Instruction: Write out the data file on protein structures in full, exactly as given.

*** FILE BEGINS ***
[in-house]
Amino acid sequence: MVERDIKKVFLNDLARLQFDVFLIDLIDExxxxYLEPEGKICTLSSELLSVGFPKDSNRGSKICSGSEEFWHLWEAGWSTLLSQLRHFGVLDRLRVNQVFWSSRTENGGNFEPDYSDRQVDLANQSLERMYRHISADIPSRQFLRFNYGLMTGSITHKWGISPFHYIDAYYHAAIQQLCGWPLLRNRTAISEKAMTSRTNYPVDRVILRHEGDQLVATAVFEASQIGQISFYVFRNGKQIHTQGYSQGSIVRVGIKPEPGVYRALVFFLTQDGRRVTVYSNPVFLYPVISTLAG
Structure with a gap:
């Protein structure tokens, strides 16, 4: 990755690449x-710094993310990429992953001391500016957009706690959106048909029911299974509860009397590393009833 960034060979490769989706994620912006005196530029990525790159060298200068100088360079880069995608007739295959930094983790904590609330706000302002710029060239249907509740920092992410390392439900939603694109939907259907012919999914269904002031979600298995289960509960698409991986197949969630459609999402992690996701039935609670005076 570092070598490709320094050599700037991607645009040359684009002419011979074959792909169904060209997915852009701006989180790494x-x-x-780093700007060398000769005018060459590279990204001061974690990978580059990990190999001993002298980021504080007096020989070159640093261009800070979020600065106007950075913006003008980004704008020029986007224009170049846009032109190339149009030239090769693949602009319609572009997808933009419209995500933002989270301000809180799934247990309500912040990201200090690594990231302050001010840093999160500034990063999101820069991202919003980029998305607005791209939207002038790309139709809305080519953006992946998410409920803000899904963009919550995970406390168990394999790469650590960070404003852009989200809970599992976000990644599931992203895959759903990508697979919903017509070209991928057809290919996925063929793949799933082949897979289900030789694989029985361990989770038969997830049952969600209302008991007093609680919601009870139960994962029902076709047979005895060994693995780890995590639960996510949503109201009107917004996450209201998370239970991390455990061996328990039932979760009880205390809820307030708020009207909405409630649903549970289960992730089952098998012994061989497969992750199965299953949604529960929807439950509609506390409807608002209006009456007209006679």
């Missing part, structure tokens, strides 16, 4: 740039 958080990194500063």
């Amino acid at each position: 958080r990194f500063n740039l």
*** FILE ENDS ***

[in-house]
Amino acid sequence: MVERDIKKVFLNDLARLQFDVFLIDLIDExxxxYLEPEGKICTLSSELLSVGFPKDSNRGSKICSGSEEFWHLWEAGWSTLLSQLRHFGVLDRLRVNQVFWSSRTENGGNFEPDYSDRQVDLANQSLERMYRHISADIPSRQFLRFNYGLMTGSITHKWGISPFHYIDAYYHAAIQQLCGWPLLRNRTAISEKAMTSRTNYPVDRVILRHEGDQLVATAVFEASQIGQISFYVFRNGKQIHTQGYSQGSIVRVGIKPEPGVYRALVFFLTQDGRRVTVYSNPVFLYPVISTLAG
Structure with a gap:
């Protein structure tokens, strides 16, 4: 990755690449x-710094993310990429992953001391500016957009706690959106048909029911299974509860009397590393009833 960034060979490769989706994620912006005196530029990525790159060298200068100088360079880069995608007739295959930094983790904590609330706000302002710029060239249907509740920092992410390392439900939603694109939907259907012919999914269904002031979600298995289960509960698409991986197949969630459609999402992690996701039935609670005076 570092070598490709320094050599700037991607645009040359684009002419011979074959792909169904060209997915852009701006989180790494x-x-x-780093700007060398000769005018060459590279990204001061974690990978580059990990190999001993002298980021504080007096020989070159640093261009800070979020600065106007950075913006003008980004704008020029986007224009170049846009032109190339149009030239090769693949602009319609572009997808933009419209995500933002989270301000809180799934247990309500912040990201200090690594990231302050001010840093999160500034990063999101820069991202919003980029998305607005791209939207002038790309139709809305080519953006992946998410409920803000899904963009919550995970406390168990394999790469650590960070404003852009989200809970599992976000990644599931992203895959759903990508697979919903017509070209991928057809290919996925063929793949799933082949897979289900030789694989029985361990989770038969997830049952969600209302008991007093609680919601009870139960994962029902076709047979005895060994693995780890995590639960996510949503109201009107917004996450209201998370239970991390455990061996328990039932979760009880205390809820307030708020009207909405409630649903549970289960992730089952098998012994061989497969992750199965299953949604529960929807439950509609506390409807608002209006009456007209006679």
């Missing part, structure tokens, strides 16, 4: 740039 958080990194500063």
């Amino acid at each position: 958080r990194f500063n740039l």